The popular 80s pastiche series Stranger Things begins with a familiar scene ofE.T. nostalgia, centering around Dungeons & Dragons. The scene is particularly familiar to me, since I played D&D back in the day, but learned very quickly this nefarious practice was like kryptonite to all things female. Oddly enough, the series appears to reflect a new trend amongst Hollywood A-listers, where nerd culture has revived the ancient 80s practice of playing D&D. The Hollywood Reporter explains the trend and its connection to acting and role-playing:
“Vin Diesel plays it. So do Dwayne Johnson, Drew Barrymore, Stephen Colbert, Mike Myers and Jon Favreau, among other bold-face names. Some even built their careers by playing it…
The decades-old role-playing game — in which participants roll multisided dice while pretending to be mystical creatures such as elves and dwarves — finally is coming out of the closet (or, in this case, Mom’s basement). “There’s a huge resurgence of nerd culture, especially with the tech boom,” says Silicon Valley’s Martin Starr, a longtime D&D enthusiast. “If nerds were still poor and living at their mothers’, nobody would be paying any attention to Dungeons & Dragons. But nerds rule the world, and D&D is making a big comeback — and I’m excited about it.”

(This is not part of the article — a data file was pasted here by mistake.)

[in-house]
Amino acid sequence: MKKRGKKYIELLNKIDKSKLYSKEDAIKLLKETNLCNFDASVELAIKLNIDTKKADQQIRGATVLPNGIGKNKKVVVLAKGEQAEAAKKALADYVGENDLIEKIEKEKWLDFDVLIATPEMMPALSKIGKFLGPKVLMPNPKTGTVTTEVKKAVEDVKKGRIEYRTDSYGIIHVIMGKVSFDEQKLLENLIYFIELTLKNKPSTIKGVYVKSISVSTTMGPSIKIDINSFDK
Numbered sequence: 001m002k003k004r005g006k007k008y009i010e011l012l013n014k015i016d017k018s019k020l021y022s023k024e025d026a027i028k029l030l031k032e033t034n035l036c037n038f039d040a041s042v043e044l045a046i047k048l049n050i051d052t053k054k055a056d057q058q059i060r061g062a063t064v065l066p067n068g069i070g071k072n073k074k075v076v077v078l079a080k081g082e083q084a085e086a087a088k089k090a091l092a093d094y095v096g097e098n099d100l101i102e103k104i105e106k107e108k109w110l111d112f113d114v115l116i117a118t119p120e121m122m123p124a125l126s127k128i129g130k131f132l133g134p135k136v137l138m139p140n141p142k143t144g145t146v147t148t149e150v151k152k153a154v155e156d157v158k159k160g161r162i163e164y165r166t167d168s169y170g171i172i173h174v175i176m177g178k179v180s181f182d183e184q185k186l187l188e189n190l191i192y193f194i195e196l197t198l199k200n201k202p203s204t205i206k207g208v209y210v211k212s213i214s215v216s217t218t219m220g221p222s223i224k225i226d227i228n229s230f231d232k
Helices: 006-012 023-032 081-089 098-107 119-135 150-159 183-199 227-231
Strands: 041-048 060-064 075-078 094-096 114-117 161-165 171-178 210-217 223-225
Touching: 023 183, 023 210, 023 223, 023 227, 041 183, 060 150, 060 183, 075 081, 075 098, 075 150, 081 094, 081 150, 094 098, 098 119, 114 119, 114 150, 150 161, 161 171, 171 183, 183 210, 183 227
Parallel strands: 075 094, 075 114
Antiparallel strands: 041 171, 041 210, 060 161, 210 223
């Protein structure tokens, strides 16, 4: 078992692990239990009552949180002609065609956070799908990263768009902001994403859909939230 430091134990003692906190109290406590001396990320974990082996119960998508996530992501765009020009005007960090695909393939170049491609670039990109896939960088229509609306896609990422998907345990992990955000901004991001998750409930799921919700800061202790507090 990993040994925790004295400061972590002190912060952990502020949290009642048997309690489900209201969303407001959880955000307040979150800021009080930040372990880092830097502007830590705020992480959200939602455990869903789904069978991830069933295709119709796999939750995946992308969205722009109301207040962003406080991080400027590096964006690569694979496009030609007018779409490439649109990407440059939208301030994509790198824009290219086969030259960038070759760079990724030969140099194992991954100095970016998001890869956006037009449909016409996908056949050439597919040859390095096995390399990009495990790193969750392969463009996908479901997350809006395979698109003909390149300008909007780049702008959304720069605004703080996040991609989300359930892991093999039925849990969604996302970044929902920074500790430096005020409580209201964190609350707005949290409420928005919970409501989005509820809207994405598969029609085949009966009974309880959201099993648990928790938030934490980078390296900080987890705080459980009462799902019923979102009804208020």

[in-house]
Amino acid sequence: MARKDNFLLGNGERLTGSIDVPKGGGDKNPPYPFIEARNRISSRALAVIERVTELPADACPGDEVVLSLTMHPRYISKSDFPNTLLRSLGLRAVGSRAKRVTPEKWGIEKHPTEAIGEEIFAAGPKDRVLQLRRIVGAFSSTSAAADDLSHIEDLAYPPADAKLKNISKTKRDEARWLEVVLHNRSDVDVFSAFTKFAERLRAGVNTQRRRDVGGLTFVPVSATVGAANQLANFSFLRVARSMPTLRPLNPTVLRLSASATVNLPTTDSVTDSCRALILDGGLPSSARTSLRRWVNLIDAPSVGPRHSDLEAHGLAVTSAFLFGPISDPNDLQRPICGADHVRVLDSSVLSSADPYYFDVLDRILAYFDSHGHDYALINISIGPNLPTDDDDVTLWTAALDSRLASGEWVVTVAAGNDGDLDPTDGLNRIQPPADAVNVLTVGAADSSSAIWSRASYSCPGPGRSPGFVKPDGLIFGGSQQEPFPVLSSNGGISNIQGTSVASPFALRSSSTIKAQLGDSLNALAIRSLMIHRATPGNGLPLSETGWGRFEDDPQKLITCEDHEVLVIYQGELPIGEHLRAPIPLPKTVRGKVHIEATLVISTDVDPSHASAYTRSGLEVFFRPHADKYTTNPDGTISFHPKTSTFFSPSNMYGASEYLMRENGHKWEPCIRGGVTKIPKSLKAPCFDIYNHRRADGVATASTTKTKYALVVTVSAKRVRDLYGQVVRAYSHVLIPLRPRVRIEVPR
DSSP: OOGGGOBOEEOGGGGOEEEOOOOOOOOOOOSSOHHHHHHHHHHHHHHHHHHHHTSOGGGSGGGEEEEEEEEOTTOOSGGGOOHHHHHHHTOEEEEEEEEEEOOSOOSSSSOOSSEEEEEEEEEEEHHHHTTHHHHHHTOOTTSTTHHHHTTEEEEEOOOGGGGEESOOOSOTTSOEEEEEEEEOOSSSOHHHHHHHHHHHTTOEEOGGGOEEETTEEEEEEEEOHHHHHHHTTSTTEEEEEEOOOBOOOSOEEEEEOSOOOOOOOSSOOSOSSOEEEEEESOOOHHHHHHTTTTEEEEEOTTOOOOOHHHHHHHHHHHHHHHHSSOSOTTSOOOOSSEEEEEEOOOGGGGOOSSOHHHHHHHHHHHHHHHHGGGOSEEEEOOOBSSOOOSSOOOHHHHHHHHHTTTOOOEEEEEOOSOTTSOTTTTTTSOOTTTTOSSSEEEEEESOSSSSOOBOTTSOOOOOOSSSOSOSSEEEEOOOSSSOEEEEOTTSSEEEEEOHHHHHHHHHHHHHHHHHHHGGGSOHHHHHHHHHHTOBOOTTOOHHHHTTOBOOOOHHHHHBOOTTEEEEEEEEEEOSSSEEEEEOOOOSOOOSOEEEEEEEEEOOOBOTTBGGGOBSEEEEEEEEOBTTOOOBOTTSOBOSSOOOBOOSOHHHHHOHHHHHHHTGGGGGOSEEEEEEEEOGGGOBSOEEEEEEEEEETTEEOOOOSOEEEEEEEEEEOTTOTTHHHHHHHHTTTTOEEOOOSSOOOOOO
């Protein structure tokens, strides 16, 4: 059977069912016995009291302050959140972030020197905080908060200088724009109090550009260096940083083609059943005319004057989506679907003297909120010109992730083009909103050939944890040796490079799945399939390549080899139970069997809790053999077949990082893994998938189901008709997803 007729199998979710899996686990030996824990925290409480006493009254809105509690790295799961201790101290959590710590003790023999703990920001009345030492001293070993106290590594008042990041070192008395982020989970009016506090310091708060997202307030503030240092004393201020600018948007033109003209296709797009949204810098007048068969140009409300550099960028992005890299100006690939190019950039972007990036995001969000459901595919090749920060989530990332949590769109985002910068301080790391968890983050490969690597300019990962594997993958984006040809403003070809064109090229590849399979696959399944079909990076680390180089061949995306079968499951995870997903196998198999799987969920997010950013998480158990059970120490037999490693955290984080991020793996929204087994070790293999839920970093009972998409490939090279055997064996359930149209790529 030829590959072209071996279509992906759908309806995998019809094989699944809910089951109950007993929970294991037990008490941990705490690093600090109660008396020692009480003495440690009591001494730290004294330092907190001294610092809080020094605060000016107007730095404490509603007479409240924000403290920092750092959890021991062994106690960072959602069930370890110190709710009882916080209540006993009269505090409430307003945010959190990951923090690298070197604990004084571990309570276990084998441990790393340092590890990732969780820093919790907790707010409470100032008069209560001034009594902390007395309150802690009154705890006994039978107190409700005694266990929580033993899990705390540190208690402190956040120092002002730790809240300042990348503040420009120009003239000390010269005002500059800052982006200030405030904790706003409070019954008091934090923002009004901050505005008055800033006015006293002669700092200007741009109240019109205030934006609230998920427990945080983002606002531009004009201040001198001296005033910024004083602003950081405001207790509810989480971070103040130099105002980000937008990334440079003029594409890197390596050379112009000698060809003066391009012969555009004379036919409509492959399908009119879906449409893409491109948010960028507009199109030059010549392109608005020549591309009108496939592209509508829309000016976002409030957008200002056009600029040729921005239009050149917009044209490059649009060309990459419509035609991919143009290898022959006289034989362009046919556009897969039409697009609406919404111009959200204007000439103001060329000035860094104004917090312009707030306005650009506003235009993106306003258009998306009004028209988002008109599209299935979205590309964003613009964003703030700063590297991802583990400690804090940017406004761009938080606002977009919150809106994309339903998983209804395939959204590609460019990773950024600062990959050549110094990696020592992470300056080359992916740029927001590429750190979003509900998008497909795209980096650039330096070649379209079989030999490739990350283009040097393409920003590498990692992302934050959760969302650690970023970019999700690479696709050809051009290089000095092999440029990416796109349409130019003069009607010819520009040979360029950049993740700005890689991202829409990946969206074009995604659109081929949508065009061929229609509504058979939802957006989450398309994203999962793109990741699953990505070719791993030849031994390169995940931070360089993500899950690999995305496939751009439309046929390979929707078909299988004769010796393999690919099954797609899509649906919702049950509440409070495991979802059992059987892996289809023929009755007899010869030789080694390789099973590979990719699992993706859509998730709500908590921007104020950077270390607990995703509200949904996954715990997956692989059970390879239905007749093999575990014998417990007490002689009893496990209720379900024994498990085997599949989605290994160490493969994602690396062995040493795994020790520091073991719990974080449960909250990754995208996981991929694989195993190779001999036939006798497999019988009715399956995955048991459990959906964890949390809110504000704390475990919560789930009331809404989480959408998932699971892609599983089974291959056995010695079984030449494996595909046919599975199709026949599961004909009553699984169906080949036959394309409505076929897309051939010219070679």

While this certainly relates to a furtherance of one’s improv skills, it also relates to the occult side of Hollywood, though I don’t take the ridiculous evangelical view that D&D is inherently evil. Rather, the notion of role-playing is synonymous with the ancient view of acting as dramaturgy, or ritual invocation of the gods. Comparative religion scholar Dudley Young writes:
“The earliest gods were invoked by ritual act (dromenon = the thing done) such as a sacrificial dance, commemorating the fact that our life begins and ends when they call upon us. Subsequently the thing was said (legomenon) as well as done, and the dromenon was on its way to becoming the drama. Once speech within the temple precincts has been endowed with the power of word-magic, we have “the invocation” properly so called.” (Dudley Young, Origins of the Sacred: The Ecstasies of Love and War, pg. 413)